New beginnings

New beginnings

When Ariel Konstantyn left his position as associate rabbi at the Hampton Synagogue in Long Island to make aliyah in 2005, he didn’t think he’d find work as a community rabbi in Israel.

Against the odds, that is exactly what he is doing.

He’s built his new pulpit, the Tel Aviv International Synagogue-Congregation Beit El, in the heart of a secular city, working doggedly and enthusiastically despite the fact that he receives no salary. In the three years he has been there, the modern Orthodox congregation has grown from a handful of elderly men and women to Tel Aviv’s “coolest shul,” drawing over 300 people from more than 30 countries on Friday nights and over 1,000 members on its Facebook group page. Most are secular or traditional, between the ages of 25 and 45.

Rabbi Ariel Konstantyn

“We’ve created an environment where everyone feels welcome and part of the experience,” Konstantyn said. He introduced a sheer curtain as a mehitzah down the center of the 80-year-old sanctuary instead of confining women to the balcony or in a tiny, thick-curtained downstairs cubicle if they could not navigate the steps. “Most synagogues in Israel are an exclusive, religious-only club, and we are saying the synagogue belongs to every Jew. It’s a revolution in Tel Aviv – making Judaism accessible, enjoyable, and wanted instead of harsh and coercive.” His goal, he said, is not to make people more religious, but connecting them to the Jewish community in a nonjudgmental way.

Kontantyn, 36, who grew up in East Meadow, Long Island, says he dreamed of aliyah in order to “be part of the destiny of the Jewish people.” His parents, Alex and Susan Konstantyn, are veteran educators, and his sister, Dahlia Rosen, lives in Teaneck. After receiving his ordination from REITS at Yeshiva University, he was brought in to revive Congregation Mount Sinai in Jersey City which, he says, is “still going and growing.” At the end of his five-year tenure at the Hampton Synagogue he had his choice of major Orthodox synagogues across the United States but, he said, “it was 25 years to life if I took any of them.” Aliyah won out over his career.

With his wife, Cheryl, and their two children, Racheli and Eitan, then 6 and 3, Kontantyn left for Israel without a plan. They arrived at the Merkaz Klitah (absorption center) in Ra’anana, trading a huge house with a pool and live-in help for a tiny hostel room. The children went from a Chabad gan of 9 kids to a roomful of 35 rambunctious Israeli children. Eight months later, the Konstantyns moved to the settlement town of Karnei Shomron, which seemed perfect on paper. Nothing worked out, Konstantyn said. For three years he tried his hand at teaching, marketing, and consulting but, he said, “I still felt a hole. I wasn’t fulfilled or happy and I didn’t know what was wrong.”

Then he heard that Tzohar, a religious-Zionist modern-Orthodox rabbinic group supported by the Avichai Foundation, was creating a community project to develop diaspora-style synagogues. They encouraged him to go to Tel Aviv. Konstantyn rented a synagogue space at a religious high school, which was available only on weekends when the school was not in use. The Religious Council of Tel Aviv finally suggested Beit El.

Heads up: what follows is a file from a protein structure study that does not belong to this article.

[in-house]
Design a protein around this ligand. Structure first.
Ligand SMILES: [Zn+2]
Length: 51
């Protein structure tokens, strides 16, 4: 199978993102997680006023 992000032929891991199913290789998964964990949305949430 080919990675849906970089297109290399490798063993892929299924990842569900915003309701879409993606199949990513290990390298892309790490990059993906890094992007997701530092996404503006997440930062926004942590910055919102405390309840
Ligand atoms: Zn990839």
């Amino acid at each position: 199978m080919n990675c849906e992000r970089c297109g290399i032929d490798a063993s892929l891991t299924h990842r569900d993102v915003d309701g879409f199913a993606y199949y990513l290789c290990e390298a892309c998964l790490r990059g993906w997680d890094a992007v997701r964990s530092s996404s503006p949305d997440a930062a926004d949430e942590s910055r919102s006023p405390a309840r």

A modern-day pioneer with infectious energy, Konstantyn jumped into the project believing it would work out. He credits the synagogue for accepting his innovations – even page announcements and a Shabbat morning kiddush were revolutions, he said. Most rabbis in Israeli synagogues serve more for the honor than the income, and few are full-time, he noted. “The basic bread-and-butter of a rabbi is unheard of in Israel. I’m fighting for people to see the rabbi as a full-time spiritual and community leader, teacher, social worker, program director, fundraiser. We need to change the dynamic of a synagogue from a simple house of prayer to a community center and place of support. People are alone here, too; they don’t have a sense of community or togetherness.”

The disparity between religious and secular groups in Israel can be a shock for olim. “Many people make aliyah with Judaism and Zionism in their hearts but once they settle here they discover how polarized the society is and are forced to make a choice between being secular or religious. Ironically, many are unable to find a middle ground and end up becoming less connected Jewishly,” Konstantyn said.

The programs he runs range from the Carlebach Kabbalat Shabbat, Champagne Kiddush, and Musical Musaf for Sleep Lovers (service starts at 11 am) to Lecture and Latte at a local café, concerts, and other Jewish cultural events. Chief Ashkenazic Rabbi Yona Metzger, Tel Aviv Mayor Ron Huldai, Knesset members, and leading media and academic personalities have been guests at services. A lone soldier project (in conjunction with the Michael Levine Lone Soldiers Center) offers free Friday night dinners and Shabbat lunches; it recently drew 150 participants: 100 soldiers-mostly Americans-and 50 congregants.

Funding and religious politics remain a challenge. The fact that the rabbinate accepts him is “a miracle,” Konstantyn said. Tzohar, the San Francisco Jewish Federation, and the Ministry of Absorption provide a small percentage of his budget. Konstantyn hopes to develop sister synagogue relationships, but in the meantime, his expanded family (Yakir, 5, and Noam, 2, were born in Israel) is living on savings, as they invest all the financial support they receive back into the community. His wife, he said, is “following my crazy dreams and letting me live out this concept.”

Konstantyn is not complaining; instead, his face beams when he notes the renaissance of Jewish life in Tel Aviv his shul has inspired. As he walks outside the synagogue, he greets a couple looking curiously at a plaque on the building. Konstantyn invites them inside. “That’s how it works,” he said.

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